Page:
Forget Christmas ham, why not eat dog instead?

Forget Christmas ham, why not eat dog instead?
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<p>Ad campaign appearing on Sydney buses through December 2016.</p>

Ad campaign appearing on Sydney buses through December 2016.

Vegan Society NSW (with permission from Mercy for Animals)

It’s Christmas Day. You’re at the table with family and friends, ready to tuck into the ham like you do every year. As you’re chewing away, enjoying the taste, your host – maybe it’s your mom or a sibling – announces they have a confession to make.

The ham is not, in fact, ham. You’re eating dog meat.

Yes, that tender flesh, washed down with gravy and all the trimmings, was, until a few weeks ago, a live puppy.

How do you feel? Horrified? Angry? Upset?

Like most people (in the western world anyway) you would probably put down your fork, spit out the dog parts and possibly throw up. The ‘food’ you were enjoying just moments ago has become not only inedible but disgusting.

Why is this? There’s little difference between a baby pig and a puppy in terms of sentience or intelligence. They both feel emotions, ranging from joy to pain and grief. They both love to play and form strong bonds with their families.

So, why love one but eat the other?

This question is currently being posed by the Vegan Society of NSW, Australia, in an advertising campaign on the back of metro buses throughout Sydney. The provocative ad features an image of a baby pig and a puppy alongside the question and encourages people to ‘choose vegan’. The aim is to urge consumers to reconsider their food choices in the run up to the holiday season and beyond.

The answer to the question of why we love one but eat the other is because of how we’ve been conditioned to perceive different animals. Our emotional response to dogs is different to how we feel about pigs or other traditionally ‘farmed’ animals.

Our pooches are considered family members who get to snuggle up on the couch with us, yet pigs, who are highly social, curious and intelligent animals, are tortured, brutally killed and cut up into pieces to be served on our plates.

The thought of this happening to those animals we deem ‘pets’ is inconceivable and we rail against those cultures where dog meat is as traditional as pigs, cows, sheep and chickens are for us, labelling them ‘barbaric’.

It’s time for us to address our double standards. The typical argument justifying why we shower some animals with love and kindness while being ok with sending billions of others to the slaughterhouse is that it's just how it is and always has been. Eating meat is seen as a natural act that is not part of a belief system, whereas ethical veganism is viewed as a choice based on a moral philosophy.

But, as author and psychologist Dr Melanie Joy, points out in her book Why We Love Dogs, Eat Pigs and Wear Cows, consuming other species is to participate in a belief system, one she terms ‘carnism’.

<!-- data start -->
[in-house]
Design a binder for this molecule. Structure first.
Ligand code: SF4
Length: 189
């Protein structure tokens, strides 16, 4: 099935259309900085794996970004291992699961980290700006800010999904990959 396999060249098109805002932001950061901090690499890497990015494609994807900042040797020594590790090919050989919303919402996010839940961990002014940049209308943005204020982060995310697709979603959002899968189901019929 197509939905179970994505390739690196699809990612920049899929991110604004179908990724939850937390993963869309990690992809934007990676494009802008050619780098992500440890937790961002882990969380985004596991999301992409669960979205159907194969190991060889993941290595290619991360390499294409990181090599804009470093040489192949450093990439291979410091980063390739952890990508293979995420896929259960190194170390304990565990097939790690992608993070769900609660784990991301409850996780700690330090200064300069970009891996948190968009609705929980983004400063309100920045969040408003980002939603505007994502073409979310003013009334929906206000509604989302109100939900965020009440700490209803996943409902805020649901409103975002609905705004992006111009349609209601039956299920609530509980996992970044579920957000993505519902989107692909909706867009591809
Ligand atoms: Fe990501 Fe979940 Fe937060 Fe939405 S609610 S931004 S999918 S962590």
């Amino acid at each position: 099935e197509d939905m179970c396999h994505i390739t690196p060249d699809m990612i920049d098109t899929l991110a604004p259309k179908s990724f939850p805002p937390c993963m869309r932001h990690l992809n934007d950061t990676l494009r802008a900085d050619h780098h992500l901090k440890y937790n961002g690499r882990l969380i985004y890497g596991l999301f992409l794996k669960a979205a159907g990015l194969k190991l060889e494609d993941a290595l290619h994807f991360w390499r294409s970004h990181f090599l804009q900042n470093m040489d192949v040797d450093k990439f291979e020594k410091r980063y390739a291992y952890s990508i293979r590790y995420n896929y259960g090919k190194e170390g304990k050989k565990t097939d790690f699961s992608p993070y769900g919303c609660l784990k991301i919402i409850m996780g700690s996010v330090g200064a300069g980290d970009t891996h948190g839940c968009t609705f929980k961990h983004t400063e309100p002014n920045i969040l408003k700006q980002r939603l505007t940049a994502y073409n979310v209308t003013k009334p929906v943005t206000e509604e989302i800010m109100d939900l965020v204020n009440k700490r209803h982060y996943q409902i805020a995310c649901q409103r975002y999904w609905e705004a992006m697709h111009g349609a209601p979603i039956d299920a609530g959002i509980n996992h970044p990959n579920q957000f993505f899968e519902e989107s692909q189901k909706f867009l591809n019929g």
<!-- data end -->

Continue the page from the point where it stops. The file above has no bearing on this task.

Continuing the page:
Like other 'isms', such as sexism or racism, carnism relies on its ideology to be considered as the status quo to be successful. For such ideologies to be accepted as the norm requires suppression of facts by those who have most to gain from the ideology, and a certain amount of denial by the masses who prefer to travel the path of least resistance.

The animal agriculture industry goes out of its away to hide the killing and abominably cruel conditions farmed animals are kept in during their miserable lives. But although this 'meat production' process is kept behind closed doors, deep down people know the body parts on their plates belonged to a living, sentient being who suffered horribly and died unwillingly. Meat-eating therefore, argues Joy, requires a level of psychological disassociation and emotional numbing.

Carnism allows people to eat certain animals without thinking about what they are doing or why.

One of the ways we do this is by distorting reality: we remove certain animals' individuality and instead perceive them as a group of 'things' (albeit living ones), rather than unique sentient beings, each with his or her own idiosyncrasies and capacity to express pain, love, joy and grief. Lumping individuals - whether human or non-human - together as a group allows us to consider them and their deaths in the abstract. This is why we cry when our pet cat or dog dies, but feel nothing for the brutal slaughter of billions of gentle cows, pigs, sheep and chickens.

Fortunately social media has been instrumental in raising awareness of not only the sickening violence routinely inflicted on farmed animals, but also in showing them as individual beings who love life.

As another year dawns, you have the opportunity to reject cruelty and embrace compassion. As you make preparations for your festive meals, leave the leg on the living lamb. Replace the turkey with one of the many delicious plant-based alternatives available. Ditch the Christmas ‘ham’.

Because if you’re not comfortable with eating your dog, it’s time to take all animals off your plate.

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